Volunteers wanted at many rural fire departments in southeastern North Carolina


ELIZABETHTOWN, NC (WWAY) — How to attract and keep volunteer firefighters was the topic of discussion in Bladen County Tuesday.

The state’s fire marshal toured three fire departments and found many are in need of new recruits.

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“We’re just trying to do things to call attention to the importance of being involved with your local fire department,” said North Carolina State Fire Marshal Mike Causey.

It’s no secret that firefighters are the heroes of the community.

Many fire departments rely on volunteers to survive. But in recent years, the supply of recruits has dried up.

“It’s important to get folks on the scene quickly in an emergency, but it’s also effective to have enough people there to do what you need to do. That’s why we rely so much on the volunteers to help us with that, with fires and EMS-related responses,” said Elizabethtown Fire Chief Nick West.

Causey toured fire departments in Clarkton, Elizabethtown, and Council on Tuesday.

He says that young people aren’t volunteering as much anymore because of modern distractions, like smartphones, video games, sports, or band.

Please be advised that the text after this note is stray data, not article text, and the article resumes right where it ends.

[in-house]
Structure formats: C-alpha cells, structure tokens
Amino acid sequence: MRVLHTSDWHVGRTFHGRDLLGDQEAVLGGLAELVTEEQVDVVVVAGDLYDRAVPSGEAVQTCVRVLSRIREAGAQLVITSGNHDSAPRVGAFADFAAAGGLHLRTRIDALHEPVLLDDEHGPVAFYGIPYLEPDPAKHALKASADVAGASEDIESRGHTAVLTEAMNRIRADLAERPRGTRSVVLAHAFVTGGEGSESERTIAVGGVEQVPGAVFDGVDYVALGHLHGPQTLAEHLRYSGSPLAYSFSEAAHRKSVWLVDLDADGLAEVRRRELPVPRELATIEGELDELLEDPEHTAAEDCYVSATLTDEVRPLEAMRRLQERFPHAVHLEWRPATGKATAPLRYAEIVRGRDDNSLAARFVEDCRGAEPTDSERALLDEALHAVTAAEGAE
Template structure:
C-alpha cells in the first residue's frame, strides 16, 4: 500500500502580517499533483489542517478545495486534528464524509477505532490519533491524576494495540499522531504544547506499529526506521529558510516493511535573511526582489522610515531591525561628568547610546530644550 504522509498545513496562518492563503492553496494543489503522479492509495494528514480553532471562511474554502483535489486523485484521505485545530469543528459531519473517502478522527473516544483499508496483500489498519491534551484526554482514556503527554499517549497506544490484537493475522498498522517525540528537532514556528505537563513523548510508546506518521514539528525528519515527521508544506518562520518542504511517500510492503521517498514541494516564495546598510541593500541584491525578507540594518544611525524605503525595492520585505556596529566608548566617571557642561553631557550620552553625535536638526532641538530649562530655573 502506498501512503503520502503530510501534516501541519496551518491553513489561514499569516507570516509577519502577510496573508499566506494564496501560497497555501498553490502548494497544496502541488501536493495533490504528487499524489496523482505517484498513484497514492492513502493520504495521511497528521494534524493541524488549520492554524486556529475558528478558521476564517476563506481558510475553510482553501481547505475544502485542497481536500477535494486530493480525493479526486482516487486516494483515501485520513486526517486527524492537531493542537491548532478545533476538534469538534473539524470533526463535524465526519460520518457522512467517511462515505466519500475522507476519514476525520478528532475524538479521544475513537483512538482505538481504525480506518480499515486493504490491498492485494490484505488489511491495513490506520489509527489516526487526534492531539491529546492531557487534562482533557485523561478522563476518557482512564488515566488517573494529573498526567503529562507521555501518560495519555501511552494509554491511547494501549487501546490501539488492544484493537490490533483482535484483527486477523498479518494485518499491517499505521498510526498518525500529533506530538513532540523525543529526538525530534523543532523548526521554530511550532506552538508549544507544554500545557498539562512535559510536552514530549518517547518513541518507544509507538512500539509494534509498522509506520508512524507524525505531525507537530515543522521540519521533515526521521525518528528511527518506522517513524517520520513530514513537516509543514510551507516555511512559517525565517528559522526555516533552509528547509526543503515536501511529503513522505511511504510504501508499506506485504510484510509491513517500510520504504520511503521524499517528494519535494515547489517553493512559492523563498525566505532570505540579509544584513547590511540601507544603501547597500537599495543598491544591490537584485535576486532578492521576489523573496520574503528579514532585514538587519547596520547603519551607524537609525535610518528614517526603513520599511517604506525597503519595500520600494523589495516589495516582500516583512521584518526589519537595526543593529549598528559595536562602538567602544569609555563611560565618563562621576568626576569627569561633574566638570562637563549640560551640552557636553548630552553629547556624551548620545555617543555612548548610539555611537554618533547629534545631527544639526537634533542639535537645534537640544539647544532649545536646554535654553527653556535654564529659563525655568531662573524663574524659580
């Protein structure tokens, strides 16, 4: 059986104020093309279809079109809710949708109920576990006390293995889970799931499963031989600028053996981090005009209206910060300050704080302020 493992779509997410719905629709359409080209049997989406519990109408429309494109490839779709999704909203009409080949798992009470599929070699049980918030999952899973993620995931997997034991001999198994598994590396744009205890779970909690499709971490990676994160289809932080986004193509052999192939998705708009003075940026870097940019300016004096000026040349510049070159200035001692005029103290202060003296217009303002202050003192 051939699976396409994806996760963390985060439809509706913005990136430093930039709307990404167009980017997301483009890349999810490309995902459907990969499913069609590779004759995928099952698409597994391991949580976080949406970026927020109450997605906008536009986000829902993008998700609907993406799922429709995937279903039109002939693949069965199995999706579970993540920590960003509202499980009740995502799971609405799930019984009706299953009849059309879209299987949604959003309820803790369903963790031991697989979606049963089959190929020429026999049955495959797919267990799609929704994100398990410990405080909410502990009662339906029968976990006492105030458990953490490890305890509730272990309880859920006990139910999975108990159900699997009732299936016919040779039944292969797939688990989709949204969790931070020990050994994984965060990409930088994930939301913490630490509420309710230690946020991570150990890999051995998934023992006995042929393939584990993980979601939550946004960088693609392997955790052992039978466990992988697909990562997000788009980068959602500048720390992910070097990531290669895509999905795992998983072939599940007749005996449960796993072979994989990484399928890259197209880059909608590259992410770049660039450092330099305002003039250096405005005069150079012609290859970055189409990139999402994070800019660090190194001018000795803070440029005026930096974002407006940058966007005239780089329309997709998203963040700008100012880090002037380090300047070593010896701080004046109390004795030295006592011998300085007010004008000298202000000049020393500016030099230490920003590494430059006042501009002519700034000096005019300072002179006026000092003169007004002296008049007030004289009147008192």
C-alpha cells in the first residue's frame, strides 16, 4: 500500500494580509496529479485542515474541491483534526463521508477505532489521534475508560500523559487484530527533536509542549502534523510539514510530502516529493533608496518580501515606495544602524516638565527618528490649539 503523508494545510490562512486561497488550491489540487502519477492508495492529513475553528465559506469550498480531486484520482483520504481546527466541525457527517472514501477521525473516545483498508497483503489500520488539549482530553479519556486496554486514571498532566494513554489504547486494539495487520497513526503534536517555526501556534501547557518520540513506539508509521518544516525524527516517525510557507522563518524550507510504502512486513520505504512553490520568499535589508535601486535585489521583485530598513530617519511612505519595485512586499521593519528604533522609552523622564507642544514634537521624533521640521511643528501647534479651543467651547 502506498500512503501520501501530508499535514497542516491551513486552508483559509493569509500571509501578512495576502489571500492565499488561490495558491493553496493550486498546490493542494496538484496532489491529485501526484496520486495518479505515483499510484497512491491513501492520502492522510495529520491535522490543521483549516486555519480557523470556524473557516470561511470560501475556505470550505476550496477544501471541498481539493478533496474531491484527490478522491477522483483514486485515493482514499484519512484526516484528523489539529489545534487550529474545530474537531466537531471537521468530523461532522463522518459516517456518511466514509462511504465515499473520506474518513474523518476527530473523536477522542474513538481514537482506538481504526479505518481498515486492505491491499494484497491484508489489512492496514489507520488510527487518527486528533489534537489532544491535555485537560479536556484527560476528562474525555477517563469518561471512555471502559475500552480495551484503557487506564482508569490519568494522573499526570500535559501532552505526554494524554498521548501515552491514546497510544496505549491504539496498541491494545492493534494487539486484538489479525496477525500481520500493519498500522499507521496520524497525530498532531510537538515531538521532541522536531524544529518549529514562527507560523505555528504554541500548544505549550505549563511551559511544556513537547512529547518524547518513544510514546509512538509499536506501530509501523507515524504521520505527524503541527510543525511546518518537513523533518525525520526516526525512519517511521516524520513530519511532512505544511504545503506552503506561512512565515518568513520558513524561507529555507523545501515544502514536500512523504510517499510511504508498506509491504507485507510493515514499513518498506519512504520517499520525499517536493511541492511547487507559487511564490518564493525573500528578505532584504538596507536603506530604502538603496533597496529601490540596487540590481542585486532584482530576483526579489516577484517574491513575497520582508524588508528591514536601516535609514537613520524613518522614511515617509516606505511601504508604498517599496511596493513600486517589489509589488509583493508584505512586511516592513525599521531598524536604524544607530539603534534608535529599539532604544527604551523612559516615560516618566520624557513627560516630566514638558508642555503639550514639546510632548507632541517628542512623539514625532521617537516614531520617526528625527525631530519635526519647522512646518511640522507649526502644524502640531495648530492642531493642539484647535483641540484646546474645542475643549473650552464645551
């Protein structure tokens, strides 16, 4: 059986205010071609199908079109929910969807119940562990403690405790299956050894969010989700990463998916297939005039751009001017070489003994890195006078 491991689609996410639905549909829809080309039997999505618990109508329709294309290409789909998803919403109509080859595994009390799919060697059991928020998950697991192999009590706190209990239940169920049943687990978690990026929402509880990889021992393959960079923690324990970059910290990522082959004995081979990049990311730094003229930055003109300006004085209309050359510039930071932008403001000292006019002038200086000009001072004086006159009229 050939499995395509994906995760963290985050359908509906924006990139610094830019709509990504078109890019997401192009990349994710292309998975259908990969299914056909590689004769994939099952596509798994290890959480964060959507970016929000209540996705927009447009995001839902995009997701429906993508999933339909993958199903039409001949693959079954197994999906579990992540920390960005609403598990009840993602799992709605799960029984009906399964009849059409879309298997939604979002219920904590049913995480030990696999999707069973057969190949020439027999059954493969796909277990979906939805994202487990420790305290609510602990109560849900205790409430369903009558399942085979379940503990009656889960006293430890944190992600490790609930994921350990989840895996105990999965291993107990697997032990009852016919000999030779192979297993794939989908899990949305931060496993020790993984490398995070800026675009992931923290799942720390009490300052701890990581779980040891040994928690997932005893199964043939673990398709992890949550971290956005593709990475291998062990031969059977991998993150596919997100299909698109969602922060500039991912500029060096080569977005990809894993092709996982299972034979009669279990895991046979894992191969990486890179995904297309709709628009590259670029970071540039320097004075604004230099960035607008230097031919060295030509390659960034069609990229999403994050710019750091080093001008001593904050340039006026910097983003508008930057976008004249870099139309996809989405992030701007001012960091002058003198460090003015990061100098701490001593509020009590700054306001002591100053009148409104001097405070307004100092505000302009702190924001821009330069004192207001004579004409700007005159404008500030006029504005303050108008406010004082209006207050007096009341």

The lack of volunteers hurts smaller counties much more than larger ones.

“It’s always magnified in the rural communities. If you have people that grow up in Bladen County and they go to college, they get their degrees, and they need to find a job, where are they gonna find a job? They have to go to Raleigh or Charlotte or a larger city, generally,” said Causey.

A town of fewer than four thousand, Elizabethtown actually has a pretty sizeable fire department, eleven staff firefighters and thirty volunteers.

It can serve as a model for other small communities.

“What the chief is doing here to recruit the younger volunteers and to go after grant money to help buy the needed equipment and so forth, it is an ideal model for other fire departments around the state,” said Causey.

Fires aren’t limited to the big cities, they happen in small towns too.

Reversing the volunteer shortage could be the best way to fight those blazes.

Causey says that a common theme with many of the small-town fire departments is the need for state funding, whether in the form of incentives for attracting and retaining volunteers or grant money for new equipment.

His office will be putting pressure on the state to call attention to these needs.